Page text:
Updated: May 20
Defamation is the general word for a legal claim involving injury to one's reputation caused by a false statement of fact and includes both libel (defamation in written or fixed form) and slander (spoken defamation). Defamation is an oral or written communication of a false statement about someone else that harms the reputation of that person.
In India defamation is both civil and criminal offences and the Indian penal code, 1860 deals with the offense of defamation. From section-499 to section-502 deals with the defamation.
What is defamation?
(Section-499) Whoever by words either spoken or intended to be read, or by signs or by visible representations, makes or publishes any imputation concerning any person intending to harm, or knowing or having reason to believe that such imputation will harm, the reputation of such person, is said, except in the cases hereinafter excepted, to defame that person.
Section 499 also cites exceptions. These include “imputation of truth” which is required for the “public good” and thus has to be published, on the public conduct of government officials, the conduct of any person touching any public question and merits of the public performance.
Any person intentionally by words either oral or written or by any action do such wrongful action to harm the dignity or reputation of any person, then it is said to defame that person.
The section requires three essentials:
1. Making or publishing any imputation concerning any person.
2. Such imputation must have been made by-
a) Words, either spoken or intended to be read; or
b) Signs; or
c) Visible representations.
3. Such imputation was made with the intention of harming or with knowledge or reason to believe that it will harm the reputation of the person concerning to whom it was made.
Punishment for defamation:-
(Section-500) Whoever defames another shall be punished with simple imprisonment for a term which may extend to two years, or with fine, or with both.
The quantum of punishment according to this section may extend to two years, whether with or without fine.
In Rekhabai v. Dattatraya, it was held that where an offence of defamation is committed through the letter, the case can be tried either at the place where the letter was written and posted or at the place where the letter was received and read.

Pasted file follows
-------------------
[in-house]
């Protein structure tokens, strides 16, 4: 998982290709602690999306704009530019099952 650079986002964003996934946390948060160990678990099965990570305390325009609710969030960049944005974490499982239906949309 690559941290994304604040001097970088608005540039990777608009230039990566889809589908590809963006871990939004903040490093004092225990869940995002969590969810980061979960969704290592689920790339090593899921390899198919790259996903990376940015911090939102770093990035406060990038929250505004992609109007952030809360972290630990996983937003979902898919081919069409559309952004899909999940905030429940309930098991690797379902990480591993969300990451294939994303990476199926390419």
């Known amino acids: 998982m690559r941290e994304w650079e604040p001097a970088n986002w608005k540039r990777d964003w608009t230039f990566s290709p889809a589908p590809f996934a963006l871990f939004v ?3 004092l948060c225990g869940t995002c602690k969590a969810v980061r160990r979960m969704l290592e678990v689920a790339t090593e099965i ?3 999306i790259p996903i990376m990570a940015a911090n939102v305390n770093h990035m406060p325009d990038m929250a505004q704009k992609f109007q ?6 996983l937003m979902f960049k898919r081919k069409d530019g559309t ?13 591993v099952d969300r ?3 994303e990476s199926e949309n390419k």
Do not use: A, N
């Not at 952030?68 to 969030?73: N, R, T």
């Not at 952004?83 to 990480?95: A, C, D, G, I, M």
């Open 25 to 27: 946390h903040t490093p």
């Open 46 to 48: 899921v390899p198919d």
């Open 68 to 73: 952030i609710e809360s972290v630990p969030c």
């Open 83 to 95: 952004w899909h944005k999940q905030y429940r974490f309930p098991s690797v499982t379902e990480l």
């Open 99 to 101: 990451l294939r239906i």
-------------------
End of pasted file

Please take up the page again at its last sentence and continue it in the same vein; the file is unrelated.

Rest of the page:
Printing or engraving matter known to be defamatory:-
(Section-501) Whoever prints or engraves any matter, knowing or having good reason to believe that such matter is defamatory of any person, shall be punished with simple imprisonment for a term which may extend to two years, or with fine, or with both.
In this section it clearly defines the punishment for the defamation by publishing and engraves the matter and makes the publisher liable for it.
For the application of this section two things are important-the the accused has printed or engraved a defamatory matter and the accused knew or had reason to believe that such matter was defamatory.
Sale of printed or engraved substance containing defamatory matter:-
(Section-502) Whoever sells or offers for sale any printed or engraved substance containing defamatory matter, knowing that it contains such matter, shall be punished with simple imprisonment for a term which may extend to two years, or with fine, or with both.
This section clearly deals with the previous section in which publishing and engraver were punishable and in this section the publisher is punishable (making the seller of defamatory matter punishable).
The publisher will only punishable if- Selling or offering for sale any printed or engraved substance, and knowledge that substance contains defamatory matter.